Monday, 20 April 2015

How Kiddo learned to read

When we were thinking about education and the possibility of home education, I admit, I had a few wobbles, worrying that I would not be able to teach. I soon realised that my job is not to teach a curriculum, but facilitate and provide opportunities for him to learn what he needs to, in a manner that is appropriate to his ability and interests.  When people ask when Kiddo is going to school and I explain (or more often, he does) that he's not going to school but instead being home-educated, one of the first questions is usually about how he will learn, and almost always "how will you teach him to read?" Well, he already reads. And reads very well.  I did not set out to teach my then 4 year old to read, but rather followed his interest and that meant helping him to read the words in his books.  He asked, I helped. But I didn't teach. I would say he kinda taught himself, once he had the tools, the time, the desire and an interesting topic with which to learn (dinosaurs).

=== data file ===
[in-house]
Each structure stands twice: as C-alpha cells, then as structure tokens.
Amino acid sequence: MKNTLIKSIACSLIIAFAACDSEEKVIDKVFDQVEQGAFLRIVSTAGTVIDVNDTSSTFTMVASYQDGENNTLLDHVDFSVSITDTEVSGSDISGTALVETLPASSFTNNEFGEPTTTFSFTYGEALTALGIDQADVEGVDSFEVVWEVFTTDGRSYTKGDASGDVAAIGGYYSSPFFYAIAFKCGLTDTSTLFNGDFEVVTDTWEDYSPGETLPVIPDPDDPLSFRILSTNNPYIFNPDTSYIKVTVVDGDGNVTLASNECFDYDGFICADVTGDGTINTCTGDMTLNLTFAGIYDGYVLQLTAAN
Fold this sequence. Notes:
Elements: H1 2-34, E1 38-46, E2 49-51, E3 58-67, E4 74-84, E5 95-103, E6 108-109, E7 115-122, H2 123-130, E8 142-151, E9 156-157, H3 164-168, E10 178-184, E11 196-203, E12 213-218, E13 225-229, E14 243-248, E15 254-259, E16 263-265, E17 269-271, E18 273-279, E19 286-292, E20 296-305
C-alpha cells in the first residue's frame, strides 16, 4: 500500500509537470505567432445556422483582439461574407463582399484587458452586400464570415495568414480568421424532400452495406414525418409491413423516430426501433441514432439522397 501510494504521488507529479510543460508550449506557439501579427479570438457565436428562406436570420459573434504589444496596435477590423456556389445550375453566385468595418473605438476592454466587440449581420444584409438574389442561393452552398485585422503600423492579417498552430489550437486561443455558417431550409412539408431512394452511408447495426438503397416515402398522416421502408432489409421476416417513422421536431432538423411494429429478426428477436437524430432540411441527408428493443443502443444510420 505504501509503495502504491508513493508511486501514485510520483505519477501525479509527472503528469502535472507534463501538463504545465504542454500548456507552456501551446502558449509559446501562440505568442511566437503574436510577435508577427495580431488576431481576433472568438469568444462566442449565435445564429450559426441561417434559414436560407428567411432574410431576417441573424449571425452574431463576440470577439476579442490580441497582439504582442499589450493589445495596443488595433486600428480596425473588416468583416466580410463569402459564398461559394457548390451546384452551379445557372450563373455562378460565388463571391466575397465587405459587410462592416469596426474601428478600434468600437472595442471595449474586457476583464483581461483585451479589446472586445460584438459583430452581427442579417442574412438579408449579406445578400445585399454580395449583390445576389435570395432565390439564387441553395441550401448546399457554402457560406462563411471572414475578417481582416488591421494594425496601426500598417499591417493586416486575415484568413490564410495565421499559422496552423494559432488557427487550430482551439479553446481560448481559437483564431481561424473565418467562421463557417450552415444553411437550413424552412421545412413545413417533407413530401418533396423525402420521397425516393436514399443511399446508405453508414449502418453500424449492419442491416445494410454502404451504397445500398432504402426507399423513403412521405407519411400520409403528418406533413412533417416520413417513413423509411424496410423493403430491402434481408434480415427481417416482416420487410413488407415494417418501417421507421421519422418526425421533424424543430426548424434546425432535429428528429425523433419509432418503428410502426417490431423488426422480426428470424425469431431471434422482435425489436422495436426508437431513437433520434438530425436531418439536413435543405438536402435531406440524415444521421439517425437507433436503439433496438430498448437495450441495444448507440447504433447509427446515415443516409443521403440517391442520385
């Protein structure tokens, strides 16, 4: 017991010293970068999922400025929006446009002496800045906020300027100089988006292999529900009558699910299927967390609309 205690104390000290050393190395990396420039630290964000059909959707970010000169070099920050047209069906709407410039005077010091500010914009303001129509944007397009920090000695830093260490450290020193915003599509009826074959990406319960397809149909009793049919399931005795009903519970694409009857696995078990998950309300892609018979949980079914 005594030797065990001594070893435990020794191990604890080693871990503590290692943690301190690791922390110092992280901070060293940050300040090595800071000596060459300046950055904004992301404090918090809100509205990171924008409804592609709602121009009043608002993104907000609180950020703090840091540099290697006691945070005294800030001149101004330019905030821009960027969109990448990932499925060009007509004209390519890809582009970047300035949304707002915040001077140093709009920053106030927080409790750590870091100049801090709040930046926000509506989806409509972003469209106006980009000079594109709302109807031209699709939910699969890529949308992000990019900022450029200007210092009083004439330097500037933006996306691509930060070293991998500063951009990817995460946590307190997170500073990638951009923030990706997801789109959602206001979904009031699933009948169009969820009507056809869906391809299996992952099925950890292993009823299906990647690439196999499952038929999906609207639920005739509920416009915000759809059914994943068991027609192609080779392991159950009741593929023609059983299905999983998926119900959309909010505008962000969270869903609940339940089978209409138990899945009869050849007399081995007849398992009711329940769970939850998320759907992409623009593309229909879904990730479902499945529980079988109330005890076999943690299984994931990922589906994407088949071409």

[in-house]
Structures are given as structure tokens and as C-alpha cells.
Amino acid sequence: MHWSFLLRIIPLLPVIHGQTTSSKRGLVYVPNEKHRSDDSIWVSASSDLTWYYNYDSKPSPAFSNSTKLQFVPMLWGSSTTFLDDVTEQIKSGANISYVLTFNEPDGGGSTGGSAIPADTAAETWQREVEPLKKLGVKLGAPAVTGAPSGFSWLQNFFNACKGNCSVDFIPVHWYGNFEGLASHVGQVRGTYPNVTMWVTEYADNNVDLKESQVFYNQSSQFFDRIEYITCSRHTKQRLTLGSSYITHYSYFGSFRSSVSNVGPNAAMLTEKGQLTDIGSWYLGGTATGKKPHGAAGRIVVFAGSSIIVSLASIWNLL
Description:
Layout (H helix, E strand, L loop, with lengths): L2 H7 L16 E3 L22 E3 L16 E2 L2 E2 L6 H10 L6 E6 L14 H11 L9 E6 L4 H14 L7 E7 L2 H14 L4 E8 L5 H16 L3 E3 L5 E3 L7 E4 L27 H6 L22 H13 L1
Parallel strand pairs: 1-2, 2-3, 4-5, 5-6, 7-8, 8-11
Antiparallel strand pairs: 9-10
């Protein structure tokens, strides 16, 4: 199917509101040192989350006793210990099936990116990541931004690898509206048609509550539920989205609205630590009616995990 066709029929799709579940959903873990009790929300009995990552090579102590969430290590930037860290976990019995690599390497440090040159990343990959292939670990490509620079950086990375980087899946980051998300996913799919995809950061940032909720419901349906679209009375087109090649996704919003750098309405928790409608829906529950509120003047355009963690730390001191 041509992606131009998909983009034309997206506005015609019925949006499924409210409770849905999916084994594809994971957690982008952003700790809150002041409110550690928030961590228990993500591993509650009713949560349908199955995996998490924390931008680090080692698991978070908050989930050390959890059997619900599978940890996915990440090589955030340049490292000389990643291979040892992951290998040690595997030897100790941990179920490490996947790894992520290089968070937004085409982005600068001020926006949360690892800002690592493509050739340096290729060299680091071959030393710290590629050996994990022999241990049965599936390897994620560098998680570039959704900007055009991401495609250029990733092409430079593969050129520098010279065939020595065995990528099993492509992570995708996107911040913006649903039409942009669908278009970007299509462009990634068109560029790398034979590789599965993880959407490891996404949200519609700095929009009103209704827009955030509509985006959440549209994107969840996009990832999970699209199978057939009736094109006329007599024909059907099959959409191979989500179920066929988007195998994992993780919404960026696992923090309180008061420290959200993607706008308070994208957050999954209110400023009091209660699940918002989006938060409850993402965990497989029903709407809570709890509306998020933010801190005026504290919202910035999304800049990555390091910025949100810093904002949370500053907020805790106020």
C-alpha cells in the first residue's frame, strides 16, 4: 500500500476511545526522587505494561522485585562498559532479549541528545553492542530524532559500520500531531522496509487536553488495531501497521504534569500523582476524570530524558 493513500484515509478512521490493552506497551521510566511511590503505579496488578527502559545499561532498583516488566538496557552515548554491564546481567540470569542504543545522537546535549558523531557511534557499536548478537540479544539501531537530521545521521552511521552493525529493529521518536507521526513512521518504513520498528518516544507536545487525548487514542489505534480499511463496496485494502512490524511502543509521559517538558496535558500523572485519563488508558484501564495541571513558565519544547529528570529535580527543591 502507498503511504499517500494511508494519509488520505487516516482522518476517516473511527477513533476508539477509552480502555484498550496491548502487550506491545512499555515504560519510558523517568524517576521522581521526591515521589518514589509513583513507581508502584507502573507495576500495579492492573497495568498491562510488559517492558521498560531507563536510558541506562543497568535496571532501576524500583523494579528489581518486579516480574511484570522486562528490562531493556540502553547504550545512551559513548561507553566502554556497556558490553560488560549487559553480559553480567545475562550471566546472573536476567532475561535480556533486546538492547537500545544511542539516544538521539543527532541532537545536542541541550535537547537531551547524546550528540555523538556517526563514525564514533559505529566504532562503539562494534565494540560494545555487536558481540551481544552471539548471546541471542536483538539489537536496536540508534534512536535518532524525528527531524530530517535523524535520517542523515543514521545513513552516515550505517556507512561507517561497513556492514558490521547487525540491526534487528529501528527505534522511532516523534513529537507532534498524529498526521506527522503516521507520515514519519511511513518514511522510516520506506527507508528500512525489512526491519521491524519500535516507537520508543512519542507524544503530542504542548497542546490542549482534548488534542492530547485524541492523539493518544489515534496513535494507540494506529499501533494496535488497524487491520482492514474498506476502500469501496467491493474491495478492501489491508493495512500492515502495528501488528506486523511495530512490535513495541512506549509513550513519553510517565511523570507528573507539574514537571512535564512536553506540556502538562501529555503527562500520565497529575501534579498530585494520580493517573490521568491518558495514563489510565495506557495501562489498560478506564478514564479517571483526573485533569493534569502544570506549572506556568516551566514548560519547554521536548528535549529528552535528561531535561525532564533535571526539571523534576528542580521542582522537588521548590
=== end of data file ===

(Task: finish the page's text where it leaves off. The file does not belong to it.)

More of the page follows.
So what tools did we use? In no actual particular order (apart from the first one, that was the motivation behind his initial interest in reading):
  • He loved (and still does) jigsaws and puzzles. My mother-in-law had bought a wooden board with the coloured letters to play with, slotting them into their corresponding places on the board. Very quickly he was identifying the different letters, then started putting the letters together, copying the words underneath the individual letters i.e. behind the letter L was a picture of and the word 'lion'. We used to spend ages copying different words, then trying to spell his own. At times it was more frustrating for him as there was only 1 of each letter, so trying to spell 'mum' or 'dad' proved a little tricky... but he could spell his own name and was extremely proud of this achievement.  In line with progress and his want to make words with duplicate letters, out came the scrabble tiles and so his learning/playing continued.